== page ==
We have reached out to Kimberley Stowe to find out if things have changed since 2005 for the PhysX possibilities on Linux and if the UT3 physics implementation is the offending piece of middleware code. However, Kimberley is no longer representing Ageia Technologies Inc. Michael Steele, the VP of Marketing for Ageia, has been contacted but has yet to respond to our inquiry.

We are waiting on confirmation whether Ageia's PhysX is officially the cause for this Unreal Tournament 3 delay on the Linux platform, but we will provide an update once we hear any additional details.

At pass4sure, we are providing you best and up-to-dated pass4sure 70-502 questions and BCP-221 e-books with 100% pass guarantee for 650-251 exam.

About The Author
Michael Larabel is the principal author of Phoronix.com and founded the web-site in 2004 with a focus on enriching the Linux hardware experience and being the largest web-site devoted to Linux hardware reviews, particularly for products relevant to Linux gamers and enthusiasts but also commonly reviewing servers/workstations and embedded Linux devices. Michael has written more than 10,000 articles covering the state of Linux hardware support, Linux performance, graphics hardware drivers, and other topics. Michael is also the lead developer of the Phoronix Test Suite, Phoromatic, and OpenBenchmarking.org automated testing software. He can be followed via and or contacted via .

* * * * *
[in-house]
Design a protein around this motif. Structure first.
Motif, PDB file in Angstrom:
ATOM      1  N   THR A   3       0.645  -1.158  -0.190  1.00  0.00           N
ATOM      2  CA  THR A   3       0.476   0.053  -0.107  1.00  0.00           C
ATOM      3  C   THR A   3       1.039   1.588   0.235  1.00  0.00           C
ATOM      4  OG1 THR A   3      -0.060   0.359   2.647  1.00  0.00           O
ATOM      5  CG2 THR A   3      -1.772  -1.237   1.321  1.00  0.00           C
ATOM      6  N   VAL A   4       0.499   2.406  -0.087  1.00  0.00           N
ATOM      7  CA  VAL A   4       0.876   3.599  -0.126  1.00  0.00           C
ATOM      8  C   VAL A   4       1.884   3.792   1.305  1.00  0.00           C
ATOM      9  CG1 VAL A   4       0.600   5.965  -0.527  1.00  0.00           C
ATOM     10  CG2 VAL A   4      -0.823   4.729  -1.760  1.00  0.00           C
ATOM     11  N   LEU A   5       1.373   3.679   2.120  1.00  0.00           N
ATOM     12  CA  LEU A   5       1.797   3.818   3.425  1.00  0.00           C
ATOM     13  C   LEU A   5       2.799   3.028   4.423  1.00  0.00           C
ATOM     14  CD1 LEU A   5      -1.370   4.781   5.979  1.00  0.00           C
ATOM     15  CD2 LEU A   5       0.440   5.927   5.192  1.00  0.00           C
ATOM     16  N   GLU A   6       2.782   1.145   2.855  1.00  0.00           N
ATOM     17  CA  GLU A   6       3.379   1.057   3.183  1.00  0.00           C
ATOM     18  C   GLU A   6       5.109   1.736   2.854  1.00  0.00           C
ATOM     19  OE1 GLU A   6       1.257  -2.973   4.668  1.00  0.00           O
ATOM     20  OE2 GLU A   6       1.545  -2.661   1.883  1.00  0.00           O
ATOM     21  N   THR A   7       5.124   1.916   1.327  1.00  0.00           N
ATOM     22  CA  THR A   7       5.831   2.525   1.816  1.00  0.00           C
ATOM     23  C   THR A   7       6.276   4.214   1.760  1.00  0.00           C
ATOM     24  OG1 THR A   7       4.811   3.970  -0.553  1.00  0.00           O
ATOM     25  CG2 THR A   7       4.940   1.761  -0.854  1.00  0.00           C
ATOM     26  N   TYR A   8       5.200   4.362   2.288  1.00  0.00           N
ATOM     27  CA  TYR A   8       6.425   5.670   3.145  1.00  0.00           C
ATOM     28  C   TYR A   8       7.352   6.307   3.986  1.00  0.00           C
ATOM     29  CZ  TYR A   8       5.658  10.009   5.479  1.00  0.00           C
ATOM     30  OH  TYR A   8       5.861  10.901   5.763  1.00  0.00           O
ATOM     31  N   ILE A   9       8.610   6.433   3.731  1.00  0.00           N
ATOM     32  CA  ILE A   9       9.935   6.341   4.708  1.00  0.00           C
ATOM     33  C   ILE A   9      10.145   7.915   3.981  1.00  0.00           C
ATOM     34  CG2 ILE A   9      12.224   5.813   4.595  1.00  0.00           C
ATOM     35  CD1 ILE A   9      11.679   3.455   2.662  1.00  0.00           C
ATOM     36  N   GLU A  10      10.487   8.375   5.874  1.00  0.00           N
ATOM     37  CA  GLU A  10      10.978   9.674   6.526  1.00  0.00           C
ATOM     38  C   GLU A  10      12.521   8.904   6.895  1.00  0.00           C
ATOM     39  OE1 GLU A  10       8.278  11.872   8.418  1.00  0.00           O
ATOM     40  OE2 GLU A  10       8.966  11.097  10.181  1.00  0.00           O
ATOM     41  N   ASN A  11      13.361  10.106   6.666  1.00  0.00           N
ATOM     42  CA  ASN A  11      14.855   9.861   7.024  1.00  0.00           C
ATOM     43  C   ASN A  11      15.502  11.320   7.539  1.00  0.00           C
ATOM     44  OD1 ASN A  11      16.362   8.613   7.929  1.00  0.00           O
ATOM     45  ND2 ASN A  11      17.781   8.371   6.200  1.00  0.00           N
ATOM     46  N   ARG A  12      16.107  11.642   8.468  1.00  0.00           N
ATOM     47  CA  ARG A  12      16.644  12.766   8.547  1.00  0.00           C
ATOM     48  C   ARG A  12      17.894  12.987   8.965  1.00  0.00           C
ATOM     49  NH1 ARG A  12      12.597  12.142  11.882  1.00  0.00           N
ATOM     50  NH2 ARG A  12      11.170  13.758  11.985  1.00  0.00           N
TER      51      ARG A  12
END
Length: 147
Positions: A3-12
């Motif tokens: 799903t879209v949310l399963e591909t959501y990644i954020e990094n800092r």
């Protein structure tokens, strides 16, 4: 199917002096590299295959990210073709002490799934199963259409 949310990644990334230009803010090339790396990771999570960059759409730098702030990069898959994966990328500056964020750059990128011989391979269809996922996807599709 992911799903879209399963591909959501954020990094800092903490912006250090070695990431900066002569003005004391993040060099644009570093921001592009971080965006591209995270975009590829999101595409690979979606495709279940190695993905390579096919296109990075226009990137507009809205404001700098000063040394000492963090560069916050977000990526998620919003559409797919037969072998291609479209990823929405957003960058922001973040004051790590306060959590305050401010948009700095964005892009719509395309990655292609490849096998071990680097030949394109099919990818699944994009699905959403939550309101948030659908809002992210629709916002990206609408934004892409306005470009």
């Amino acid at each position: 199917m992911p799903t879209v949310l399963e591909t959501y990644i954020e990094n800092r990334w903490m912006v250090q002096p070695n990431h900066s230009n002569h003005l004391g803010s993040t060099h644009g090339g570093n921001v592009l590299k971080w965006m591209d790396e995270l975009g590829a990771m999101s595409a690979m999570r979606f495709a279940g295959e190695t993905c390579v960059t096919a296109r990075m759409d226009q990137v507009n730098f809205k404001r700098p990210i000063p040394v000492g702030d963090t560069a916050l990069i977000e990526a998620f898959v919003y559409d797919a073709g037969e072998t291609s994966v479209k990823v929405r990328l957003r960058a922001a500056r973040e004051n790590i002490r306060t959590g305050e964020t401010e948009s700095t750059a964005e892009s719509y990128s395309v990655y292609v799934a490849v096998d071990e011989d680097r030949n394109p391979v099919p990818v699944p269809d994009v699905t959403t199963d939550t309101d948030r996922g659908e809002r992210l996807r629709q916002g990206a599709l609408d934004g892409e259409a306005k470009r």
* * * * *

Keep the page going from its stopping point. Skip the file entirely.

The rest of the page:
Latest Linux Hardware Reviews
  1. Acer B286HK: A 28-inch UHD LED 4K Monitor For As Low As $350
  2. Intel Xeon E5-1680 v3 & E5-2687W v3 Compared To The Core i7 5960X On Linux
  3. Intel 120GB 530 Series SSD Linux Performance
  4. Btrfs/EXT4/XFS/F2FS RAID 0/1/5/6/10 Linux Benchmarks On Four SSDs
Latest Linux Articles
  1. Mesa Git Yields Performance Improvements For Newer AMD GPUs
  2. Apple OS X 10.10 vs. Ubuntu 14.10 Performance
  3. Mesa 10.5-devel Brings Some Intel Haswell HD Graphics Changes Over Mesa 10.3
  4. NVIDIA vs. Nouveau Drivers With Linux 3.18 + Mesa 10.4-devel
Latest Linux News
  1. AMD Richland APU Support Added To Coreboot
  2. 2014 Holiday Shopping Reminder, Happy Thanksgiving
  3. Python 3 Support Added To The GNOME Shell
  4. ReactOS Lands Its New Explorer Shell
  5. Weston's IVI Shell Sees New Version
  6. IMP Launches As Another Open-Source Computer Attempt
  7. Git 2.2.0 Released With 550+ Changes
  8. GNOME 3.15.2 Released
  9. Quantum OS Aims For A Linux Desktop With QML, Wayland & Material Design
  10. New Open-Source, Linux Benchmarks To Feast On
Latest Forum Discussions
  1. Updated and Optimized Ubuntu Free Graphics Drivers
  2. Hurrican SDL Port
  3. Roadmap to Catalyst 14.10 ?
  4. how to configure module phoromatic ?
  5. PulseAudio 6.0 Is Coming & Other Linux Audio Plans For The Future
  6. Debian Developer Resigns From The Systemd Maintainership Team
  7. Cant get working Kaveri APU - A10-7850k
  8. Script for Fan Speed Control